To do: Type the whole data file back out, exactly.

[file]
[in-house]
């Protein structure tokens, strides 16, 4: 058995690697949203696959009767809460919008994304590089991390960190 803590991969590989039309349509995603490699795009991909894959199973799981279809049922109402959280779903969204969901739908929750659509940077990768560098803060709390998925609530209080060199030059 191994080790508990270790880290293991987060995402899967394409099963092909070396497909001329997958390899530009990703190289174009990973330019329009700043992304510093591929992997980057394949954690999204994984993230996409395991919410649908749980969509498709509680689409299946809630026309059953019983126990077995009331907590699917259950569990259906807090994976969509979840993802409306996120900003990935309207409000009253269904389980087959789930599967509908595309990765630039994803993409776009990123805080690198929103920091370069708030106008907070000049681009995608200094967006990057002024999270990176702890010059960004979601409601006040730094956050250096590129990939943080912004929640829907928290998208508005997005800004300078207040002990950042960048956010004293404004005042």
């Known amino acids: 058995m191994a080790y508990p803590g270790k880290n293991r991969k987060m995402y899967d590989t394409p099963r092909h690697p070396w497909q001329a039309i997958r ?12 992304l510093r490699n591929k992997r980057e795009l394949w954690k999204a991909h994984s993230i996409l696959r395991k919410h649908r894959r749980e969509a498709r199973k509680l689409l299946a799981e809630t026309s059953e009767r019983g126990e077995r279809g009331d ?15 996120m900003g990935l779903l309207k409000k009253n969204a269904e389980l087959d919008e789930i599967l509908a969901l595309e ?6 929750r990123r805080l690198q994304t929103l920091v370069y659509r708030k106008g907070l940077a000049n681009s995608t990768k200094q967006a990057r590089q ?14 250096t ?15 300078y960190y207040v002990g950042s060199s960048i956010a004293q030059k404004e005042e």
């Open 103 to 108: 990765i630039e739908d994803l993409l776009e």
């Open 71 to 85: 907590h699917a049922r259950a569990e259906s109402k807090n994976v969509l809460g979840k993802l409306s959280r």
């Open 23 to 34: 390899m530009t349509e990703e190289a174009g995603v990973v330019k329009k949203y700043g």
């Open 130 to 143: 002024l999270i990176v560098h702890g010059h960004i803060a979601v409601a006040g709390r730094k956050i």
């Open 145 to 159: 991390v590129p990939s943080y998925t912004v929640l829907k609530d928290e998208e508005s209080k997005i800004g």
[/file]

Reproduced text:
[in-house]
């Protein structure tokens, strides 16, 4: 058995690697949203696959009767809460919008994304590089991390960190 803590991969590989039309349509995603490699795009991909894959199973799981279809049922109402959280779903969204969901739908929750659509940077990768560098803060709390998925609530209080060199030059 191994080790508990270790880290293991987060995402899967394409099963092909070396497909001329997958390899530009990703190289174009990973330019329009700043992304510093591929992997980057394949954690999204994984993230996409395991919410649908749980969509498709509680689409299946809630026309059953019983126990077995009331907590699917259950569990259906807090994976969509979840993802409306996120900003990935309207409000009253269904389980087959789930599967509908595309990765630039994803993409776009990123805080690198929103920091370069708030106008907070000049681009995608200094967006990057002024999270990176702890010059960004979601409601006040730094956050250096590129990939943080912004929640829907928290998208508005997005800004300078207040002990950042960048956010004293404004005042």
């Known amino acids: 058995m191994a080790y508990p803590g270790k880290n293991r991969k987060m995402y899967d590989t394409p099963r092909h690697p070396w497909q001329a039309i997958r ?12 992304l510093r490699n591929k992997r980057e795009l394949w954690k999204a991909h994984s993230i996409l696959r395991k919410h649908r894959r749980e969509a498709r199973k509680l689409l299946a799981e809630t026309s059953e009767r019983g126990e077995r279809g009331d ?15 996120m900003g990935l779903l309207k409000k009253n969204a269904e389980l087959d919008e789930i599967l509908a969901l595309e ?6 929750r990123r805080l690198q994304t929103l920091v370069y659509r708030k106008g907070l940077a000049n681009s995608t990768k200094q967006a990057r590089q ?14 250096t ?15 300078y960190y207040v002990g950042s060199s960048i956010a004293q030059k404004e005042e």
């Open 103 to 108: 990765i630039e739908d994803l993409l776009e």
């Open 71 to 85: 907590h699917a049922r259950a569990e259906s109402k807090n994976v969509l809460g979840k993802l409306s959280r």
């Open 23 to 34: 390899m530009t349509e990703e190289a174009g995603v990973v330019k329009k949203y700043g």
């Open 130 to 143: 002024l999270i990176v560098h702890g010059h960004i803060a979601v409601a006040g709390r730094k956050i």
């Open 145 to 159: 991390v590129p990939s943080y998925t912004v929640l829907k609530d928290e998208e508005s209080k997005i800004g």